Lykke Li – Wounded Rhymes (Atlantic Records)

March 13, 2011 by  

Lykke Li has swapped/replaced her sweet innocent-pop infused sound with desolation, light aggression and tristesse on her second album, Wounded Rhymes.

The 24 year old Swedish singer quickly became a success in Scandinavia (well deserved), with her highly-acclaimed d?but album Youth Novels in 2008. Her d?but was dominated by fragile ’60s chamber pop, hints of electronica and lyrics reflecting loneliness, grieving romance and hints of desperation. The soft percussions, ’60s ‘doo-wop’ elements, cryptic lyrics and the sugary melodies are far from abandoned on ‘Wounded Rhymes’. However, as an album it?s much heavier and darker, with delicate contrasts portraying the underlying restlessness and sometimes harrowing emotional landscape that is being presented throughout.

It’s no secret that Lykke Li doesn?t posses the strongest vocals, but they are distinct, introvert and perfectly match her low-key and alternative pop melodies. Her songs appear innocent and youthful on the surface, but have an unruly rebellious edge to them; experimenting with different genres, yet without overdoing it.

Lost love, frustration and sadness are still the main themes in her songs. On ‘Sadness is a Blessing’ she laments ‘I ranted, I pleaded, I beg him not to go/ For sorrow, the only lover I’ve ever known’ and on ‘Love Out of Lust? she cries ‘Rather die in your arms, than die lonesome/?Rather die hard, than die hollow.’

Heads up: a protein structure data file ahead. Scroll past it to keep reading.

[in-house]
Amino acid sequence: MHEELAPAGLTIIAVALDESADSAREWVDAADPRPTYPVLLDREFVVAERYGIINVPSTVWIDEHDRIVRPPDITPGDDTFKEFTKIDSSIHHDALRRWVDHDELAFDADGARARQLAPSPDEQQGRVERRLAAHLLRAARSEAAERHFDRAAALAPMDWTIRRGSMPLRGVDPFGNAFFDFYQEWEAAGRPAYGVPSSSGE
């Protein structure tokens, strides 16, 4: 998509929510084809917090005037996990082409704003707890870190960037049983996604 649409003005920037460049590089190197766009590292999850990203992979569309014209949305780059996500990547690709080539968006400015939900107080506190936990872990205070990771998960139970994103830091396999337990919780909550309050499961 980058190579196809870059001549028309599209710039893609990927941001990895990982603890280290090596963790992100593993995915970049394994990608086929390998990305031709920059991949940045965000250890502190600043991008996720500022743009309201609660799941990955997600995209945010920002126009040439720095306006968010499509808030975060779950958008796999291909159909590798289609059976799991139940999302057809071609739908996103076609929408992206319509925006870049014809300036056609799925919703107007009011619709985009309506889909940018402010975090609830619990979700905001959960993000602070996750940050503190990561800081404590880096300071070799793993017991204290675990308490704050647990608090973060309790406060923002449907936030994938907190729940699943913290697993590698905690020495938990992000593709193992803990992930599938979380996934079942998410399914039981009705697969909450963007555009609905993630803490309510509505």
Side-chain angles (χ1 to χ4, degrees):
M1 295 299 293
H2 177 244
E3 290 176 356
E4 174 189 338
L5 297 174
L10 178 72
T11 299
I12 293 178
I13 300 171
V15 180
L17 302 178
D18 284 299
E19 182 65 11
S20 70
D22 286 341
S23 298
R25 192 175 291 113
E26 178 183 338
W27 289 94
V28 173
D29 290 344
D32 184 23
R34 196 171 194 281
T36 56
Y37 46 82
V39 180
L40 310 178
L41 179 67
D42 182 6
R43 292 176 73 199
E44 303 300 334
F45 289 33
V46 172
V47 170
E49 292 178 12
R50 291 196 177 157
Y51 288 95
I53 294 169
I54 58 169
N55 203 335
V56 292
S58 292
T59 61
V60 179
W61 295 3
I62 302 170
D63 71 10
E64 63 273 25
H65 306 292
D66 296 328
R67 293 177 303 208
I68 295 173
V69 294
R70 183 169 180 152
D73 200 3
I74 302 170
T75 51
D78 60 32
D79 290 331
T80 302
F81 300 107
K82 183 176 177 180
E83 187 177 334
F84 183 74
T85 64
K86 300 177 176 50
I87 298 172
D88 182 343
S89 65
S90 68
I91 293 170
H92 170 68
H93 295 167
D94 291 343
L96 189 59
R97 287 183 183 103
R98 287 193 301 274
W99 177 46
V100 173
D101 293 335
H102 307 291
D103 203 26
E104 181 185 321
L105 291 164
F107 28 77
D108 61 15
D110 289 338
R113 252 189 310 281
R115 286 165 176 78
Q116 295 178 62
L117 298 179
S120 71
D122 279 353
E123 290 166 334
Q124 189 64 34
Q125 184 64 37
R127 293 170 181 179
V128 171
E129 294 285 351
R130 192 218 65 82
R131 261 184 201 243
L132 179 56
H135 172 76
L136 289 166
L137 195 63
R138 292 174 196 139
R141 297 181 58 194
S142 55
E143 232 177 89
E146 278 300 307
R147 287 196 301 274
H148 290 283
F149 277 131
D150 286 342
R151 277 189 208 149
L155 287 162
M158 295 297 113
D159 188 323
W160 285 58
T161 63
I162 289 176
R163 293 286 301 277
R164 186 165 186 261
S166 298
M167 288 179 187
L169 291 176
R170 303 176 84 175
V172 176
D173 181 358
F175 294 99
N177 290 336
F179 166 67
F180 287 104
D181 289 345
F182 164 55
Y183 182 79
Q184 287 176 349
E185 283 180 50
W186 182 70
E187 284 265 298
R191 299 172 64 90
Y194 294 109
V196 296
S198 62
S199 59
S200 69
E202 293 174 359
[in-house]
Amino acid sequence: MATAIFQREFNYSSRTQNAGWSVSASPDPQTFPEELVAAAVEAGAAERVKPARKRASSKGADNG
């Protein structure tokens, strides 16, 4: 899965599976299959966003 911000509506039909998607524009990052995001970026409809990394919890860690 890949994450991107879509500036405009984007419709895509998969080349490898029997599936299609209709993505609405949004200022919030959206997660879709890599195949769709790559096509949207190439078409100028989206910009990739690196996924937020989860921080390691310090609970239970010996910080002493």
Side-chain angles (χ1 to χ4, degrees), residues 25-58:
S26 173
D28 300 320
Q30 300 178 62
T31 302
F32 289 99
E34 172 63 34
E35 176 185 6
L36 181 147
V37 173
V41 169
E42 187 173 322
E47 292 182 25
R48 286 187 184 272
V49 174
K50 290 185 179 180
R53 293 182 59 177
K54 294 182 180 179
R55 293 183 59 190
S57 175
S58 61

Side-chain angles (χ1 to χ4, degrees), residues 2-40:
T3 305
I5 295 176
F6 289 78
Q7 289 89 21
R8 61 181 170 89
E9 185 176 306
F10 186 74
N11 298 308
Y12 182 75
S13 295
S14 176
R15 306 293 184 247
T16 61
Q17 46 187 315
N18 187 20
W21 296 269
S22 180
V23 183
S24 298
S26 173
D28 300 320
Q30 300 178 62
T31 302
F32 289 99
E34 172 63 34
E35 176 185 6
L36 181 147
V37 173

‘I Follow Rivers’, is the highlight of the album with a swaggering, seducing intensity and a brooding bass line. ‘Get some’ is an upbeat and salacious tune that deals with masculine and feminine perceptions over pounding, hollow drum beats while ‘Unrequited Love’ is a rhetoric folk song, clearly inspired by PJ Harvey.

‘Wounded Rhymes’ may not be as melodic and nuanced as her d?but, and some of her lyrics do border on the banal – ‘Sadness is my boyfriend/sadness is my girlfriend she sings on ‘Sadness Is a Blessing’ – but Lykke Li appears more experienced and confident, and the album feels authentic, personal and creatively produced. This is honest and sober music with a soul, but I still believe there?s more of Lykke Li we haven?t seen yet.